C.J.
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“Somewhere, anytime, my father is on TV,” wrote director Remy Auberjonois. “It’s just become an eternal fact of the universe; like a law of physics, TV physics.”

So obviously there was room for the talents of René Auberjonois in Remy’s Minnesota-shot movie “Blood Stripe,” starring his Minnesota-born wife, actor and co-writer Kate Nowlin.

The movie is a psychological thriller about a Marine coping with PTSD after her third tour of duty in Afghanistan. It’s been winning awards and garnering very nice reviews.

“The film we are rolling out on iTunes on Nov. 7th with a pre-order link going live any day,” Remy told me Monday. (More info at bloodstripefilm.com.) His opening remarks here were a response to my middle-of-the-night e-mail when I discovered one of the episodes of “Frasier” airing now on the Hallmark channel, in which Remy’s dad made guest appearances as Dr. Tewksbury. It was weird: Remy had just responded to my questions, and there was Dad.

Q: When did “Blood Stripe” become the title of your movie?

A: We had called it “Wilderlee” after a cabin on Lake Vermilion that appears in the movie. But that title felt somewhat too pretty, and less like the movie. My sister Tessa introduced us to the “blood stripe” that Marines wear on their dress uniforms. It’s such an evocative pair of words and felt like it could hold a lot of meaning as a title for those who don’t know what it means. For people who know the reference, there is an immediate curiosity.

Q: Is your wife referred to only as “Our Sergeant” in “Blood Stripe”?

A: Indeed. We felt we wanted her to be an Everywoman and to be identified by her rank, her service being such a central aspect of the character. Also, it’s kind of a reference to other movies. Clint Eastwood, such an icon of movie masculinity, plays several characters that aren’t named: The Stranger in “High Plains Drifter”; The Man With No Name in “The Good, the Bad and the Ugly”; Preacher in “Pale Rider.” We are trying to feminize an archetype in “Blood Stripe,” and it felt good to let our female character occupy that same space.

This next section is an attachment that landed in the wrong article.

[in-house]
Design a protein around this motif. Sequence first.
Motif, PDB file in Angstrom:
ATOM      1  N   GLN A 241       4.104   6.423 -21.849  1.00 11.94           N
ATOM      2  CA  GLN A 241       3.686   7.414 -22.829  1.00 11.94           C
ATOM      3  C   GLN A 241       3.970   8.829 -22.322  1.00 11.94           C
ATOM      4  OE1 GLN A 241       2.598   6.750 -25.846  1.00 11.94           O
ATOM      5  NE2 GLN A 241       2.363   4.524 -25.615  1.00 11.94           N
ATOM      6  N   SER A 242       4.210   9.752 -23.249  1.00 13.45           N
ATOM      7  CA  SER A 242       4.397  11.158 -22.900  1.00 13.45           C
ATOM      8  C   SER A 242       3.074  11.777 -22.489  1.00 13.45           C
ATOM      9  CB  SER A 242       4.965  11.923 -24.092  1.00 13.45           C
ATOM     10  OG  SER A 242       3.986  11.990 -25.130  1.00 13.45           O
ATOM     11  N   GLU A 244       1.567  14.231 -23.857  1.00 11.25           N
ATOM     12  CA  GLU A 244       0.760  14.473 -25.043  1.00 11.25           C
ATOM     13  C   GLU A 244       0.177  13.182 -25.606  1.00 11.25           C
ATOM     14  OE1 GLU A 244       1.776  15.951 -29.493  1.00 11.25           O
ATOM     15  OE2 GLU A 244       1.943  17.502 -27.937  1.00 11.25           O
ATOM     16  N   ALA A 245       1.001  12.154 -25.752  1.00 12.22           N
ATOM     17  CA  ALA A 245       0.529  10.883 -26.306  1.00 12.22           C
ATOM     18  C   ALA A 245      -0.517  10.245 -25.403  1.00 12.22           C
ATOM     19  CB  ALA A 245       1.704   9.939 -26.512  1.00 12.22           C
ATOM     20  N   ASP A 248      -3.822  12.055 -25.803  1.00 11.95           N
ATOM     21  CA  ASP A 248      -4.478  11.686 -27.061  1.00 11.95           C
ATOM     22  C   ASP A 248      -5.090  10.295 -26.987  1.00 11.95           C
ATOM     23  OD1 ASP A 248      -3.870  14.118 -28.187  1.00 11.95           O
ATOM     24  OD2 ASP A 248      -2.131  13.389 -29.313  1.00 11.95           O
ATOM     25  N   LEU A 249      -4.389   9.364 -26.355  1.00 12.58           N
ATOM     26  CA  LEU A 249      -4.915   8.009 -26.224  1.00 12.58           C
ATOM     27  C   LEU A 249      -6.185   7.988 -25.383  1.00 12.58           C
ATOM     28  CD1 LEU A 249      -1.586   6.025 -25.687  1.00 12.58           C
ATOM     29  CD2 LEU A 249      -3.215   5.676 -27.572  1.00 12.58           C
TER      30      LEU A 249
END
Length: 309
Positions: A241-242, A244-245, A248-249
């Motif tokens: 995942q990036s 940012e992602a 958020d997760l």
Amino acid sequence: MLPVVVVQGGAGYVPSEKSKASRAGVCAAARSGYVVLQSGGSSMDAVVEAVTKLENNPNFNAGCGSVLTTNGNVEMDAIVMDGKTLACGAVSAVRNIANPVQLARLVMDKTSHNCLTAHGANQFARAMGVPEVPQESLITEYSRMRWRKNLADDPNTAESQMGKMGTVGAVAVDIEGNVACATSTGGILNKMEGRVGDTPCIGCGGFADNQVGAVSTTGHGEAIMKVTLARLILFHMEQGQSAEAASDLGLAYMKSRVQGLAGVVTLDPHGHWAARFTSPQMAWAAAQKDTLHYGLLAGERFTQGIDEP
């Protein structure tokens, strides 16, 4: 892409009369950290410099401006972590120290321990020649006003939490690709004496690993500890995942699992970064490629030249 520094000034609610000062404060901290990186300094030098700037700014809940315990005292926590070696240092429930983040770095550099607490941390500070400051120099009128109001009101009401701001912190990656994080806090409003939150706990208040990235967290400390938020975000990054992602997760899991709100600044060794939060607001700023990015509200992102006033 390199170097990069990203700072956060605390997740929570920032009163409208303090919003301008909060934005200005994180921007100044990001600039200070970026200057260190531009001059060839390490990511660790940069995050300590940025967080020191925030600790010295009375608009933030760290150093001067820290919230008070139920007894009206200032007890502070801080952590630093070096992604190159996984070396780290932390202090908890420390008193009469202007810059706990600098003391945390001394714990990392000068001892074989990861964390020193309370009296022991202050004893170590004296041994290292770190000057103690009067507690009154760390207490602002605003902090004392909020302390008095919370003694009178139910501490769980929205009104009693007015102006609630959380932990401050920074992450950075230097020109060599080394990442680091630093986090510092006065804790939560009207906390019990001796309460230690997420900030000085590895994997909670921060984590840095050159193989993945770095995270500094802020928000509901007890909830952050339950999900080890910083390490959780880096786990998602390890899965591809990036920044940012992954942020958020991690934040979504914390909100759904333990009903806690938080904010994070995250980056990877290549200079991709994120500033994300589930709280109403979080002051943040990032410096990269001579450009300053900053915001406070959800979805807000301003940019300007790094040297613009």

Q: Kate wins ALL of your arm wrestling matches? She’s looking powerful about the biceps.

A: It’s that obvious, isn’t it? I like to say that she had an eight pack on set and I am sporting a party ball.

Q: While no wife or animal was harmed in “Blood Stripe,” was there any scene where you were hypervigilant about Kate’s well-being?

A: There was a whole sequence that was to be the end of the film that didn’t make the cut. It required a lot of night shooting in Lake Vermilion … in September. So it was a priority that we keep the actors safe and warm. We had wet suits and a warming house and blankets. Also, there is one moment when she jumped off the dock in full gear and our friend Amber Patton, who is a USMC vet herself and was on set with us, made sure that Kate knew the hazards of jumping into water with a helmet on — you can snap your neck! Our 2nd AD [assistant director] Andrew Beguin is a certified diver and that is the one thing in the film that Kate didn’t do herself.

Q: Your father looks rather scruffy in “Blood Stripe,” miles away from Father Mulcahy on “M*A*S*H,” Clayton Endicott III on “Benson,” or, my favorite, Dr. Tewksbury on “Frasier.” Is there any role you couldn’t get your father to play?

A: It’s funny, we didn’t write him a part at first. He doesn’t feel very Minnesotan somehow. But we realized what a loss it would be if we didn’t utilize his great talents, so we wrote him a part that ended up speaking more than anyone else in the film.

Q: If I can trust Wikipedia, and many times one cannot, your dad and mom (Judith Helen Mahalyi) have been married since 1963. They are not Hollywood people?

A: When I see it written it looks like a looong time ago! They have really grown up together. They aren’t really “Hollywood” in the sense that most people associate with that label, but they are deeply rooted in the community of creative artists that live and work in Hollywood, and they have been for a long time. My dad has been a working actor for his entire adult life, and my mom started as an actor but has been at times a critic, a producer, and primarily a writer. They are both still working at it, which makes me happy for them and proud of them.

C.J. can be reached at cj@startribune.com and seen on Fox 9’s “Buzz.” E-mailers, please state a subject.